LVP: Atlanta's defense. The Hawks allowed at least 30 points in the first three quarters and struggled containing Dallas' backcourt on the pick-and-roll. Even more putrid was Atlanta's perimeter defense, which allowed the Mavs to shoot 13-for-22 (59 percent) from beyond the arc.
That was convincing: Dallas is clinging to its slim playoff hopes right now and every win or loss could have postseason implications. The Mavs pounced early and never took their foot off the gas. A few more wins like this and they'll be right in the thick of things with Utah and L.A.
3. Monday's Best
Jeff Green, Celtics:
Maybe now the "We Still Want Perk" crowd in the 617 can pipe down. Dealing with LeBron on the defensive end, Green scored a career-high 43 points on 14-of-21 shooting (5-of-7 beyond the 3-point arc) and nearly punctured the Heat's winning streak.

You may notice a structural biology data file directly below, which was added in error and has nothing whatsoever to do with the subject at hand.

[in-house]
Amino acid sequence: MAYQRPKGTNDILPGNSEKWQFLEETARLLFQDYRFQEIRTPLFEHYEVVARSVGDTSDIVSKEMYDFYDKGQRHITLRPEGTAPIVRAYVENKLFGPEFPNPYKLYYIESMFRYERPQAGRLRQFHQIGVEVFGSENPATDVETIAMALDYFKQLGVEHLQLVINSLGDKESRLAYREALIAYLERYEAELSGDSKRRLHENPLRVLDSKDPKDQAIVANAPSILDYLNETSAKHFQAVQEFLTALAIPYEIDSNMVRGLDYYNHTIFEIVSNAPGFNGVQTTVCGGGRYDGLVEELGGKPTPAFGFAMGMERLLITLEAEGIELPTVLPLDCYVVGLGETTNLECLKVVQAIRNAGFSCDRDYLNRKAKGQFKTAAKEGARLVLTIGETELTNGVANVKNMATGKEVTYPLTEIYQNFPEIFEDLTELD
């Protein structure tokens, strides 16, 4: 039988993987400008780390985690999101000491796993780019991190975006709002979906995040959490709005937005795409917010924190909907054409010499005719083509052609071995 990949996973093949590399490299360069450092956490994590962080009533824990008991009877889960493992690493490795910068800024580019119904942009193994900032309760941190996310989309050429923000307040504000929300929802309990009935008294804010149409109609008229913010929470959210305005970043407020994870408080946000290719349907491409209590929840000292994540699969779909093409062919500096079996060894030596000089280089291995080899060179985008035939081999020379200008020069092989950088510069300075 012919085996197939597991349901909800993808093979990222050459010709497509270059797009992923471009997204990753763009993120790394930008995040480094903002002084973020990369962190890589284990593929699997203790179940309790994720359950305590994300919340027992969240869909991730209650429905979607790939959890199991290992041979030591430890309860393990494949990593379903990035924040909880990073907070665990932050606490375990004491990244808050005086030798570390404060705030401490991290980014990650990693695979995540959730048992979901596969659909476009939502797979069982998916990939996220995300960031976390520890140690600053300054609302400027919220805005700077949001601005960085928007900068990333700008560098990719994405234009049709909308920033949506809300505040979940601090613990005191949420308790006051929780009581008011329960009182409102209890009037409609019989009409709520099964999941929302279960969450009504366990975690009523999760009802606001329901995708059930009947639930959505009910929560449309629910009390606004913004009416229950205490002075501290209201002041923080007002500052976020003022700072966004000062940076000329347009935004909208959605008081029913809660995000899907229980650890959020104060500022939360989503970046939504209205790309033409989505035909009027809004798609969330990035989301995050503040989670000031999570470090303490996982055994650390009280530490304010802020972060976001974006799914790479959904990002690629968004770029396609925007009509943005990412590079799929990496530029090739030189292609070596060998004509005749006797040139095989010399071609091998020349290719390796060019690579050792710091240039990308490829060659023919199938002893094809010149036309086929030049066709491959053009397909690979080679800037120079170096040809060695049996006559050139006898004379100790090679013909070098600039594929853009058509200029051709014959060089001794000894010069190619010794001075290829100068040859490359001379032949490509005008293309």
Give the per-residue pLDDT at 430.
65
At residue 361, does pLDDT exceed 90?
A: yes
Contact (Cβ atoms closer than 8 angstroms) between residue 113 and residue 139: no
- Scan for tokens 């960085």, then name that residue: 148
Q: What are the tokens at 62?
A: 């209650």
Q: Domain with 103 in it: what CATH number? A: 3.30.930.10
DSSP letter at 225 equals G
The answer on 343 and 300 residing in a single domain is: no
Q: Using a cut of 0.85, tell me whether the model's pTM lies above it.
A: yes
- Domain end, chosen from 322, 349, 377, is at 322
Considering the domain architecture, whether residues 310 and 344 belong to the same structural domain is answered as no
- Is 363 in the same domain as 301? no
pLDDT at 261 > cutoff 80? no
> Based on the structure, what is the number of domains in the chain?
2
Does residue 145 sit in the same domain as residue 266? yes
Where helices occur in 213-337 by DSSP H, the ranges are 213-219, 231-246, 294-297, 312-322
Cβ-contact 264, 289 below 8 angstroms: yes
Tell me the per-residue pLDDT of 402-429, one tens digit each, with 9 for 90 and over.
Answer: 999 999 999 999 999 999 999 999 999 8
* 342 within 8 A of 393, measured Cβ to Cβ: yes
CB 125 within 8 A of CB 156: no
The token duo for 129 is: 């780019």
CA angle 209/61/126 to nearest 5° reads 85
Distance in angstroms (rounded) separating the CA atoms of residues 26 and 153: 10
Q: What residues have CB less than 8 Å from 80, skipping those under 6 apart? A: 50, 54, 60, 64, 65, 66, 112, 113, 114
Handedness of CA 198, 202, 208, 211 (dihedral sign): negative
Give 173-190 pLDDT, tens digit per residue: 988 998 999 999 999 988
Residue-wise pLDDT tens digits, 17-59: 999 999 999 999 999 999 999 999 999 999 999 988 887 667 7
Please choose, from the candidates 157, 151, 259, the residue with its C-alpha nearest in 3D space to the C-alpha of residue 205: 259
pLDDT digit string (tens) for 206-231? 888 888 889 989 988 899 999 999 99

4. Monday's Worst
The Lakers' road show: Absorbing a 23-point loss at his former home was probably not Steve Nash's idea of a good time. The Lakers' ninth game in 14 days was probably not a good one to try to win with a seven-man rotation. Despite the loss to the Suns, the Lakers still hold the West's No. 8 spot, but the Jazz and Mavs are lurking.
5. NBA Video Channel
6. Tweet Of The Night
7. Quote Of The Night
"I believed we were going to win the game before the game. I thought we were going to win the game during the game. And I thought we should have won the game."
-- Celtics coach Doc Rivers, whose team did not win the game, but fell to the Heat.
8. Dozen Matter
9. Stat Check
10. Dunk Of The Night
Around the Association